Counterbalance

I’ve always been fascinated by images of people racing sailboats. The normally serene large and graceful upright sails that we associate with these boats gliding across the surfaces of calm lakes now appear to be tipping at very precarious angles, just seconds away from falling into the turbulent ocean water. You then zoom in on the picture, and become aware of the most intriguing part of all: the people who are practically hanging outside of the boat, balancing the entire thing while preventing the collapse of this delicate house of cards.

Having just emerged from a flare this morning that prevented me from moving (and basically, from thinking) for more than three hours, I’m sort of feeling like one of those persons who is leaning out from a racing sailboat. You see, when the pain gets so bad, and when your physical abilities become almost non-existent, it’s all about counterbalancing: doing your best to do whatever *is* possible during the moment, to prevent yourself from falling into the abyss, to keep yourself from feeling completely helpless.

How do I counterbalance during these moments of crisis, when I can’t move a limb and when my mind is so overwhelmed that it can barely connect one thought to another? I just start to envision myself doing something that I really enjoy doing; I place myself in a mental safe place…and then I stay there, until the pain and disability have passed.

Because as mindful as I try to be during these flares, as aware I try to be of what it happening during each and every minute, there are times–like today–when I just can’t. And it’s right at this point where I feel like I have a choice to make: I can either succumb to the frightening feelings which are swirling around me, or I can create a safe place for myself.

I can counterbalance the pain and disability…which is exactly what I choose to do.

So what did I do during this morning’s extremely intense flare, to keep myself calm while my body was in the midst of a storm?

First, I decided to start writing this blog post. (Want in on a little secret? More of my blog posts than you could probably imagine come to me when I am in the midst of a flare.) I imagined myself sitting in front of the computer, transferring the words that were in my mind through my fingers to the screen. Of course, I knew at the moment that there was no way to get the words out right then…but I know that soon enough, once the flare passed, I would be able to do so.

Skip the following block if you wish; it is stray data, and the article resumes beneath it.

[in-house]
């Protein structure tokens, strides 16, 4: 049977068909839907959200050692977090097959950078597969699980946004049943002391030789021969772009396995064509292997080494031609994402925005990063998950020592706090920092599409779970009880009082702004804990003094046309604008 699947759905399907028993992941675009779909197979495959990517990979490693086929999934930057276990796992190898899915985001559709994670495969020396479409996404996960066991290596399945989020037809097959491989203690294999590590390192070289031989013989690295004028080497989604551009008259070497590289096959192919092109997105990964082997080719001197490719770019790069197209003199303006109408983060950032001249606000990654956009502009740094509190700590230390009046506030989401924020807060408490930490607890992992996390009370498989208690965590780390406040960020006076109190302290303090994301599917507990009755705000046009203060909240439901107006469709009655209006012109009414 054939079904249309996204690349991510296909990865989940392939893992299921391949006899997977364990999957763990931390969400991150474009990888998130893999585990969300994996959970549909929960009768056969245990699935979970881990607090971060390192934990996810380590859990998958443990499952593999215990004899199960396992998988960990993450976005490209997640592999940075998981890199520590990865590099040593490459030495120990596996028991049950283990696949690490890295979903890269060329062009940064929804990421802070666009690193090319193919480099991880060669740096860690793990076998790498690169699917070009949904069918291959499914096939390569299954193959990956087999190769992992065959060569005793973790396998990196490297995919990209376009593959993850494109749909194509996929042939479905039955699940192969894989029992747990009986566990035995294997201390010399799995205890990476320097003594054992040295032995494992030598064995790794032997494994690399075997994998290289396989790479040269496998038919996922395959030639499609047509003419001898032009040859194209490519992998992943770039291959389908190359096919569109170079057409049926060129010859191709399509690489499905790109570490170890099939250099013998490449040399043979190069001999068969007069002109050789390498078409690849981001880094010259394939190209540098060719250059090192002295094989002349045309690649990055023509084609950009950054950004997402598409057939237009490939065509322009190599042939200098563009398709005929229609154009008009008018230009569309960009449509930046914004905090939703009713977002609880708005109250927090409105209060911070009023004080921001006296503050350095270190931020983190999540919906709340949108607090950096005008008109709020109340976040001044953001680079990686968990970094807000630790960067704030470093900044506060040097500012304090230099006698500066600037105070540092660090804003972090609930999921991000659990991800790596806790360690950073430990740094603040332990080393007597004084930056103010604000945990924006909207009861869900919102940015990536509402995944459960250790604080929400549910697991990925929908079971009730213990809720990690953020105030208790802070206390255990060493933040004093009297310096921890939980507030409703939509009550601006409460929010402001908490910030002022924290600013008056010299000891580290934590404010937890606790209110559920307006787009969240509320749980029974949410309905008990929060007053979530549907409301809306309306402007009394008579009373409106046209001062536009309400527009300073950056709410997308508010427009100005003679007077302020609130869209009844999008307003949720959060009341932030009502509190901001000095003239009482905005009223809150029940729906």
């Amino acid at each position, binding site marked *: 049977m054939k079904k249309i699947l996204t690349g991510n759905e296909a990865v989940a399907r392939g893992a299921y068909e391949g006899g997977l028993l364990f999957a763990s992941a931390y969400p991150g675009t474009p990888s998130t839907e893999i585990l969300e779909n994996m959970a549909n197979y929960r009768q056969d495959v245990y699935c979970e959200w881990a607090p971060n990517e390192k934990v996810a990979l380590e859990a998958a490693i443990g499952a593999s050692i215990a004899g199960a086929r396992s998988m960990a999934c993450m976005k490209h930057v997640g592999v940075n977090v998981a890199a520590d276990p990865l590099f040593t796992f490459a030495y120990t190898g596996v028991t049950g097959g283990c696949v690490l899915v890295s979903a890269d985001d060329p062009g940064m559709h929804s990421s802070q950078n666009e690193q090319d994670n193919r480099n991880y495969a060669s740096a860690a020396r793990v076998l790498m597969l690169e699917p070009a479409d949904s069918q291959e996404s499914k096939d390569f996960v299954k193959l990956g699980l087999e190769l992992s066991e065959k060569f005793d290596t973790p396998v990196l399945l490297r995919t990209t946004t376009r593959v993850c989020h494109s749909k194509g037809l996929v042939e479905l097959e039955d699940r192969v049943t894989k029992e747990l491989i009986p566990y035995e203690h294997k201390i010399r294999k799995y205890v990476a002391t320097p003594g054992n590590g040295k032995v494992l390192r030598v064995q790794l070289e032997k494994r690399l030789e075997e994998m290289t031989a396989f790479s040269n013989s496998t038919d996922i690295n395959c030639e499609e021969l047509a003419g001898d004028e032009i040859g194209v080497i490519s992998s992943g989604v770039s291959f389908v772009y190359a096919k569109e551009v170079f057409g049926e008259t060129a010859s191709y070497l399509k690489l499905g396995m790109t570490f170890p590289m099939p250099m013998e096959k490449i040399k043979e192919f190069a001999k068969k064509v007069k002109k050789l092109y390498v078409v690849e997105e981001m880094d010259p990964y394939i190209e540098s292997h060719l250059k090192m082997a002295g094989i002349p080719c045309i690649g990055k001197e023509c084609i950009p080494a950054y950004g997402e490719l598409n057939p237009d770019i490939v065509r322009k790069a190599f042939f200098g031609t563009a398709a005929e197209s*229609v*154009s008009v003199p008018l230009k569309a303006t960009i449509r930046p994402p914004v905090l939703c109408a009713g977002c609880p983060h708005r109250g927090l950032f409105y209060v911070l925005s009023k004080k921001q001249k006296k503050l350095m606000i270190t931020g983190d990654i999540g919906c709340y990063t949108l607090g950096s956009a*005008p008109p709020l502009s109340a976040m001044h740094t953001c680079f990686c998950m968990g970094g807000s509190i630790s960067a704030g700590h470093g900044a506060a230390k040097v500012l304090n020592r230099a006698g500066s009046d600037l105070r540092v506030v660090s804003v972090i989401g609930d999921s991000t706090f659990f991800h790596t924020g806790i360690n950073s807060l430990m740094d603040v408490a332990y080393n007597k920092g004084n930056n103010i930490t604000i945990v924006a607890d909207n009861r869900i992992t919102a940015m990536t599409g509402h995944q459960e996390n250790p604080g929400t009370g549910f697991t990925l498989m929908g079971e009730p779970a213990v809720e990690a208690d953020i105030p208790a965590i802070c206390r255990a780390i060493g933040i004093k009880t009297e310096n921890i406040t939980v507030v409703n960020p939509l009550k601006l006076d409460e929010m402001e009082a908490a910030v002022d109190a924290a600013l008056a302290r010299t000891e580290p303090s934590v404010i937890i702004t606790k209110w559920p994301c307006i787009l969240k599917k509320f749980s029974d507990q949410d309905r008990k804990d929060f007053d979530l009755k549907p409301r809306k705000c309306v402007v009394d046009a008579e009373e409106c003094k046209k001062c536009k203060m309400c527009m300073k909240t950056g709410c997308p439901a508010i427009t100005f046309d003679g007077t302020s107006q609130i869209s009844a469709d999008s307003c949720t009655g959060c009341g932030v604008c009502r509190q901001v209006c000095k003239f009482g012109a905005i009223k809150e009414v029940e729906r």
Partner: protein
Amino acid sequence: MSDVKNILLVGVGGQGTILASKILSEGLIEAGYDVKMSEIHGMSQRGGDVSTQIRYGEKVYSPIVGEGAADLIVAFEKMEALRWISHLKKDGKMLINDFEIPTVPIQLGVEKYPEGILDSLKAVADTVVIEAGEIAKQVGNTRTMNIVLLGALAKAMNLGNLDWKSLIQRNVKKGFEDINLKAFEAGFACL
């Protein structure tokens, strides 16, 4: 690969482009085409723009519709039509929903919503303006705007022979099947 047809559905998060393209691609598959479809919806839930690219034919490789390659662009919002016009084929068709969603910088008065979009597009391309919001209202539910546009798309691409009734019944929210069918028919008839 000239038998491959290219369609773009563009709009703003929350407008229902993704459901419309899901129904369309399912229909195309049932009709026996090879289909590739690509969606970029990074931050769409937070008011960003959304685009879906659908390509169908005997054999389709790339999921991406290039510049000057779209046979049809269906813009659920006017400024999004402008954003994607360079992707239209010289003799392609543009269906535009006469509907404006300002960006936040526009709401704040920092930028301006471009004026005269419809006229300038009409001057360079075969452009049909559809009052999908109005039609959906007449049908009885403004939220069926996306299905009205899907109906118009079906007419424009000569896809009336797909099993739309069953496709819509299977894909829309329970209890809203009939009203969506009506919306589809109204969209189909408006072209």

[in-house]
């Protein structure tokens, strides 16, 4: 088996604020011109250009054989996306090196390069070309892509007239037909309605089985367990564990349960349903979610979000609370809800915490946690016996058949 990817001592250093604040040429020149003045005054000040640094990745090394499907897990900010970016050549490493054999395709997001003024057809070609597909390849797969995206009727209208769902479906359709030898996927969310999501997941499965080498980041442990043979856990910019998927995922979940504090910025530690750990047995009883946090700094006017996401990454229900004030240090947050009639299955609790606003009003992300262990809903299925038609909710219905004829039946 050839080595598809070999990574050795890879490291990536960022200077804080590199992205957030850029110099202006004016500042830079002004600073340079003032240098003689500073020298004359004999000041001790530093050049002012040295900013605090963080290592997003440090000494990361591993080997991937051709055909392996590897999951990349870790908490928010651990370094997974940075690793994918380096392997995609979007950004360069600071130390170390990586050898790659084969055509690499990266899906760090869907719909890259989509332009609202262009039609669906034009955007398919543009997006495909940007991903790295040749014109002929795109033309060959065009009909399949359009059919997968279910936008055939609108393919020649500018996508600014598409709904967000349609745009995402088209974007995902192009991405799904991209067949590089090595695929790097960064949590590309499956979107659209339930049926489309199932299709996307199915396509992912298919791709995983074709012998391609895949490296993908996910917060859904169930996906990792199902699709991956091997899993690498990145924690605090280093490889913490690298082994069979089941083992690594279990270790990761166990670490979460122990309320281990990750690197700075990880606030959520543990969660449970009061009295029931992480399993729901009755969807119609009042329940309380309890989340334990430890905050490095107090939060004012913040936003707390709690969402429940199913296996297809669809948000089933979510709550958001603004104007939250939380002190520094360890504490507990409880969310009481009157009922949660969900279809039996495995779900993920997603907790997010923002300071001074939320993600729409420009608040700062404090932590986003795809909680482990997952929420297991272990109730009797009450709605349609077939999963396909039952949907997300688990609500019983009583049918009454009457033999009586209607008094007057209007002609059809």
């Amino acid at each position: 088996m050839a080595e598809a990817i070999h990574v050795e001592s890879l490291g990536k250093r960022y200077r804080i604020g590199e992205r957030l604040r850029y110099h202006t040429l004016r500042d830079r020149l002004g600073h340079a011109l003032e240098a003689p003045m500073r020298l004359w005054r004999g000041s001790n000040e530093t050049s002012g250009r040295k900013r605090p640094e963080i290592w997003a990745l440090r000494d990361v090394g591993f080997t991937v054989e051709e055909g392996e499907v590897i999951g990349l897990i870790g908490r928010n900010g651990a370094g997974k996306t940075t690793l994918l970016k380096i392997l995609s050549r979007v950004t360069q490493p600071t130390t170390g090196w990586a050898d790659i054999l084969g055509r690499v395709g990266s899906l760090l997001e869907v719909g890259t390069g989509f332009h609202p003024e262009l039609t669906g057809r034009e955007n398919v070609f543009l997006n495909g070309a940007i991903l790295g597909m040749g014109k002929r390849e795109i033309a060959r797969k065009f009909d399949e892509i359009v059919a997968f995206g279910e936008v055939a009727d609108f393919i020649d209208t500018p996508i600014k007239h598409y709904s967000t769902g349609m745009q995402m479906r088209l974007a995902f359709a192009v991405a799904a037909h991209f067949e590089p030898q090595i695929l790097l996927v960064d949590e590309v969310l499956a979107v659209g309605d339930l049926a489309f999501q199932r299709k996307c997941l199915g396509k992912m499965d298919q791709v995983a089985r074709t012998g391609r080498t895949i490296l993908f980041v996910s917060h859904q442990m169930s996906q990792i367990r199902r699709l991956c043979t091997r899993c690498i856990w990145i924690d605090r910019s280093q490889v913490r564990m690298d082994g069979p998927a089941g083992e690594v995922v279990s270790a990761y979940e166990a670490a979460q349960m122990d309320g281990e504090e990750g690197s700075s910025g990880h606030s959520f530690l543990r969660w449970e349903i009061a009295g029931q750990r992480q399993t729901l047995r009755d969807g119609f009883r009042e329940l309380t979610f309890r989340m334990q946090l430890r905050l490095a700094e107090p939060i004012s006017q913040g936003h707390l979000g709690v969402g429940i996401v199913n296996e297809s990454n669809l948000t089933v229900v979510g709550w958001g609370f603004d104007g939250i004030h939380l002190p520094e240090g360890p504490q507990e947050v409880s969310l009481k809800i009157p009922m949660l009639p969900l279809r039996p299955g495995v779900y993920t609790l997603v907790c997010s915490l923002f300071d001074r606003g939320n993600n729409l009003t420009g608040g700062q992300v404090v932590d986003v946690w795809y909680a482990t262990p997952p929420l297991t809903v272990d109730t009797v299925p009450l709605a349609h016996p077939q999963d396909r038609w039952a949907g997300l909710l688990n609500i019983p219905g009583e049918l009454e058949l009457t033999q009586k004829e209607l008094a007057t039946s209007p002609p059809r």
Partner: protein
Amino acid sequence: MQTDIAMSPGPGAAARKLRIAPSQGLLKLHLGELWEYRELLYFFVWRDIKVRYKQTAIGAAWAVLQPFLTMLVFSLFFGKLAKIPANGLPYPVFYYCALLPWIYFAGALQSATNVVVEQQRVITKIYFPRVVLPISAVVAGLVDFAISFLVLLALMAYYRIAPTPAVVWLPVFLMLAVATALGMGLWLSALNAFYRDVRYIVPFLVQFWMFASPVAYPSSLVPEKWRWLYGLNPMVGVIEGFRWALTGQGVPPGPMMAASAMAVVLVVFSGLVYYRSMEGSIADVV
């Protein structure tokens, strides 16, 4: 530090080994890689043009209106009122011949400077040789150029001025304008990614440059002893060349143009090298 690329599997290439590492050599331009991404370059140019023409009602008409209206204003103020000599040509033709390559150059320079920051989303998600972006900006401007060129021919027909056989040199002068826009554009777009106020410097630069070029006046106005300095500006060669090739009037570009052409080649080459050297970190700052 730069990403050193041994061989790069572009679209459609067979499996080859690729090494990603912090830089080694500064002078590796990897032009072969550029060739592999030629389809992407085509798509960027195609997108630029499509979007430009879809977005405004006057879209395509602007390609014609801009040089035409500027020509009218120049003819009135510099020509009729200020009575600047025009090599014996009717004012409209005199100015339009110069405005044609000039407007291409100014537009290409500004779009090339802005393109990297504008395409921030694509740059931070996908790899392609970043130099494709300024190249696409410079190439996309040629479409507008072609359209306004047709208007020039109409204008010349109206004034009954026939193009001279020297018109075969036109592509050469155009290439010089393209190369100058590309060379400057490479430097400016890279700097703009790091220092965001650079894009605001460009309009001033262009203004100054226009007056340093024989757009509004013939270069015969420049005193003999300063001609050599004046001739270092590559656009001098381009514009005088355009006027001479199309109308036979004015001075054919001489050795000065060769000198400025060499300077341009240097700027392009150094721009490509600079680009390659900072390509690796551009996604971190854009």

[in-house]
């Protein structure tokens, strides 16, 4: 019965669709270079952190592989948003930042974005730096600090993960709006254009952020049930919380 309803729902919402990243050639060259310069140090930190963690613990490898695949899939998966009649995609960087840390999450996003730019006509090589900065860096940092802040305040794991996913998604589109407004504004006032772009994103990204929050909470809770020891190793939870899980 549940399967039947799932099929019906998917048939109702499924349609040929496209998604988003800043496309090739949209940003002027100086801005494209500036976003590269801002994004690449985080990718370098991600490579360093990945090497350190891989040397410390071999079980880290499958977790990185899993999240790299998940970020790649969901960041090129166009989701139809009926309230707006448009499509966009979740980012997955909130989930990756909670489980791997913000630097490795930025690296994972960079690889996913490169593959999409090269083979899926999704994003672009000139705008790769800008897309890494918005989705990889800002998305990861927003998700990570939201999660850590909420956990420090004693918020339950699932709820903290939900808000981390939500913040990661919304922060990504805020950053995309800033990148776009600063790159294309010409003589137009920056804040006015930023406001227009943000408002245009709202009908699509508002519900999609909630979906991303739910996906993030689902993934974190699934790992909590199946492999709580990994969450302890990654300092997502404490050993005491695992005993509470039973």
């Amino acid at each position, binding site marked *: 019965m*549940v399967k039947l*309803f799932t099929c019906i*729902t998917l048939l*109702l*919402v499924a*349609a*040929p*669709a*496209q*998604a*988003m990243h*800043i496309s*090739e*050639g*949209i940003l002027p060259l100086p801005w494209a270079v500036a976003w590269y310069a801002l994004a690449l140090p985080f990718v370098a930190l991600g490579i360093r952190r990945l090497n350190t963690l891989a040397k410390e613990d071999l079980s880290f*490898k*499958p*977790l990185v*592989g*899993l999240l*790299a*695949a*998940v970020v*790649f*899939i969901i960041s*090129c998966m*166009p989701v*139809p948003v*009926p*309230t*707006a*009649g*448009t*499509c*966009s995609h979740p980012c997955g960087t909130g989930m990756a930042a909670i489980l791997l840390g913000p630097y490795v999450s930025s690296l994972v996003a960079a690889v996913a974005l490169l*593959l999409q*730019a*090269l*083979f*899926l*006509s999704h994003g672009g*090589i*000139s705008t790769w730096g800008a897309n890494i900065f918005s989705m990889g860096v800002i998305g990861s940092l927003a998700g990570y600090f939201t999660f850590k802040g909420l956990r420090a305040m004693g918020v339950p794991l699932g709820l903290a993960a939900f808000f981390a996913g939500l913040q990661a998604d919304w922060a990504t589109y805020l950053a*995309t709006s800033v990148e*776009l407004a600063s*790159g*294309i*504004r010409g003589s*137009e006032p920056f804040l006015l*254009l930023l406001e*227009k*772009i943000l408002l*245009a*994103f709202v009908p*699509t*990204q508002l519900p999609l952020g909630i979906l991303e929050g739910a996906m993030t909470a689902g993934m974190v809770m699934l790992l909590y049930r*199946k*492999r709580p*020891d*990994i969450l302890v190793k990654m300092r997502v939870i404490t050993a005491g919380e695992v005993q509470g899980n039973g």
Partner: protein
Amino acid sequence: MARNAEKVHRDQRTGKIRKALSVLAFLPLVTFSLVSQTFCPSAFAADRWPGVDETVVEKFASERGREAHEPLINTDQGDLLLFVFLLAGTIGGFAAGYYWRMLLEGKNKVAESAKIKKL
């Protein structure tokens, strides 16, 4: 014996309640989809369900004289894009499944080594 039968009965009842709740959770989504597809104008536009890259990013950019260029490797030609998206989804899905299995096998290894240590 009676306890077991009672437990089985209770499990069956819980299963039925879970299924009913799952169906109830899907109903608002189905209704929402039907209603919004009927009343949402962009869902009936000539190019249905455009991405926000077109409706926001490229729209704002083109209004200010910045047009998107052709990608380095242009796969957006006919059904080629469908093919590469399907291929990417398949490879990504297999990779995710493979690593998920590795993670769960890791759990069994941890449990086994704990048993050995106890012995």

The second thing I did was envision myself taking a long, long walk through New York City. When I was there a month ago, and when I was able really about to take some of these long walks–just like I used to do when I was an architecture students at Columbia–few people who were around me were able to completely understand the excitement that I was experiencing from being able to do so. It wasn’t just that I was really taking these long walks per se, with my crutches and all, but it’s also that I was creating a completely new set of visual memories which I knew I would be able to use during upcoming flares. It was this latter part, the part which others could not see, which meant so much to me.

So as I was flaring this morning, unable to move, in my mind I was taking one of these grand walks around New York City. I could not have been happy. And just like with my typing, I knew that I really couldn’t (physically) walk at the moment. But as long as I envisioned doing so in my mind, for all practical purposed I really was walking…even though–in real life–I was temporarily paralyzed.

And this is how I counterbalanced this morning’s sever flare…and even managed to have a little bit of fun while doing so.

Stay tuned…for the next adventure of Rheumatoid Arthritis Guy!

8 Comments
8 comments
  1. fridawrites says:

    I spent about an hour yesterday gripping my husband’s shirt tightly while waiting in the doctor’s office. I don’t know why it helped me get through, but it did.

  2. Joseph says:

    Wise advice, it’s a subject I’ve been thinking a lot about recently when the pain gets really bad. There comes a point when the levels of pain overtake your ability to cope with it and that’s something I’ve struggled with so maybe this will help.

    Thanks again mate. :)

  3. Jennifer says:

    I too find that blog posts and my favorite art pieces come to me during a flare and that anything we can do that we love that counterbalances the difficulty ends up making these times when we are dealing with adversity – a worthwhile time! It comes down to how we choose to focus our minds during these times. Sometimes it is easier to do than others.

    I find it “easier” to do this with a pain flare than a “fatigue” flare :)

    Great post as always! – Jenna

  4. Penny says:

    I have had RA 12 years I am just starting to have fatigue/pain flares. Mine seem to come hand and hand. Years ago I had learned some relaxation techniques that I used at that time it really calmed me down and let me think more clearly. To perform this relaxation technique you relax each part of your body , working to push the tension out through your toes. You start with your head and work down. If I dont successfully relax a part I go back , mentally, and rerelax and continue to my toes. it keeps your mind busy and helps you breath. I’m sorry you or anyone has had these episodes for years. I think sometimes the worst part of this disease is its variability between people.

  5. Tanya says:

    Funny I have found I come up with plenty of ideas for articles to write during the worse part of my flares. Usually in too much pain to sit at the computer. I have learned to try to write them down when/if I can.

  6. Kris T says:

    I really enjoy your blog and responses to what you write. Everyone inspires me to keep pushing forward without allowing fear to entrap me.

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